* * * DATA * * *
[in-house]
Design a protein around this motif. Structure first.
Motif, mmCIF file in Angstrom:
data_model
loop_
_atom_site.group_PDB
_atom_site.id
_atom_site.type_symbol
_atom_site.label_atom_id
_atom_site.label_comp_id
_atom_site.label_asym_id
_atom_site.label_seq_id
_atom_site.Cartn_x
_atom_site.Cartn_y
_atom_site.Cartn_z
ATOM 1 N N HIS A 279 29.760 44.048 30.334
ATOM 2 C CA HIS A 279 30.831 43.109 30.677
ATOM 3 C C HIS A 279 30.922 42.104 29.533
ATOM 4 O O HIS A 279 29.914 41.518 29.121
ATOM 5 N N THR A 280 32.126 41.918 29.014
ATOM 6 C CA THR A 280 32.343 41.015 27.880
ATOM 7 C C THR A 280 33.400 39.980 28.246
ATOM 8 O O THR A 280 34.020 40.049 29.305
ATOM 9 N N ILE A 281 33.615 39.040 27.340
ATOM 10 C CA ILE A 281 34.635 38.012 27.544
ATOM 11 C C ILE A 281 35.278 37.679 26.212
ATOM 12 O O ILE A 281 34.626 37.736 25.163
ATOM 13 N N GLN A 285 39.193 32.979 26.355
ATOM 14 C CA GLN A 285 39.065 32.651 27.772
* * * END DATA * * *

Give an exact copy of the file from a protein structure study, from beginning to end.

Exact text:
[in-house]
Design a protein around this motif. Structure first.
Motif, mmCIF file in Angstrom:
data_model
loop_
_atom_site.group_PDB
_atom_site.id
_atom_site.type_symbol
_atom_site.label_atom_id
_atom_site.label_comp_id
_atom_site.label_asym_id
_atom_site.label_seq_id
_atom_site.Cartn_x
_atom_site.Cartn_y
_atom_site.Cartn_z
ATOM 1 N N HIS A 279 29.760 44.048 30.334
ATOM 2 C CA HIS A 279 30.831 43.109 30.677
ATOM 3 C C HIS A 279 30.922 42.104 29.533
ATOM 4 O O HIS A 279 29.914 41.518 29.121
ATOM 5 N N THR A 280 32.126 41.918 29.014
ATOM 6 C CA THR A 280 32.343 41.015 27.880
ATOM 7 C C THR A 280 33.400 39.980 28.246
ATOM 8 O O THR A 280 34.020 40.049 29.305
ATOM 9 N N ILE A 281 33.615 39.040 27.340
ATOM 10 C CA ILE A 281 34.635 38.012 27.544
ATOM 11 C C ILE A 281 35.278 37.679 26.212
ATOM 12 O O ILE A 281 34.626 37.736 25.163
ATOM 13 N N GLN A 285 39.193 32.979 26.355
ATOM 14 C CA GLN A 285 39.065 32.651 27.772